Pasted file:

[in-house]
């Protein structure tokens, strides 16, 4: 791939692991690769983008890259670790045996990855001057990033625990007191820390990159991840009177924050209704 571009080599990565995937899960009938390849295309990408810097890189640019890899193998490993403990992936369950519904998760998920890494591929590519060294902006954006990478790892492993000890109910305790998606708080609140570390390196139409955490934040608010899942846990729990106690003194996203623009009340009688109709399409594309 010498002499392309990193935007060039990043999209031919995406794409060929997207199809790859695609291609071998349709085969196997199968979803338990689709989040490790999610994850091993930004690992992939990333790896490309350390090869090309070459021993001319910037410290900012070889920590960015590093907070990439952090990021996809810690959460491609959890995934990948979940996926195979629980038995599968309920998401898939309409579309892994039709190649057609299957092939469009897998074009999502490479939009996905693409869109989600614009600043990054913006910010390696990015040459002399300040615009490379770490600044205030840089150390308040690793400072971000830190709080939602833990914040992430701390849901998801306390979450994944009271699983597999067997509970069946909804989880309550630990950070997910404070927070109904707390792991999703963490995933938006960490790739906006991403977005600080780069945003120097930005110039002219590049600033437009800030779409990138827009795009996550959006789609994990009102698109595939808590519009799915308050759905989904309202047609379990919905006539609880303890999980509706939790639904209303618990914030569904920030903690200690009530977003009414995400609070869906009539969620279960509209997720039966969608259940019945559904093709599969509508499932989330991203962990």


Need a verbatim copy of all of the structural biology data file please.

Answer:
[in-house]
């Protein structure tokens, strides 16, 4: 791939692991690769983008890259670790045996990855001057990033625990007191820390990159991840009177924050209704 571009080599990565995937899960009938390849295309990408810097890189640019890899193998490993403990992936369950519904998760998920890494591929590519060294902006954006990478790892492993000890109910305790998606708080609140570390390196139409955490934040608010899942846990729990106690003194996203623009009340009688109709399409594309 010498002499392309990193935007060039990043999209031919995406794409060929997207199809790859695609291609071998349709085969196997199968979803338990689709989040490790999610994850091993930004690992992939990333790896490309350390090869090309070459021993001319910037410290900012070889920590960015590093907070990439952090990021996809810690959460491609959890995934990948979940996926195979629980038995599968309920998401898939309409579309892994039709190649057609299957092939469009897998074009999502490479939009996905693409869109989600614009600043990054913006910010390696990015040459002399300040615009490379770490600044205030840089150390308040690793400072971000830190709080939602833990914040992430701390849901998801306390979450994944009271699983597999067997509970069946909804989880309550630990950070997910404070927070109904707390792991999703963490995933938006960490790739906006991403977005600080780069945003120097930005110039002219590049600033437009800030779409990138827009795009996550959006789609994990009102698109595939808590519009799915308050759905989904309202047609379990919905006539609880303890999980509706939790639904209303618990914030569904920030903690200690009530977003009414995400609070869906009539969620279960509209997720039966969608259940019945559904093709599969509508499932989330991203962990």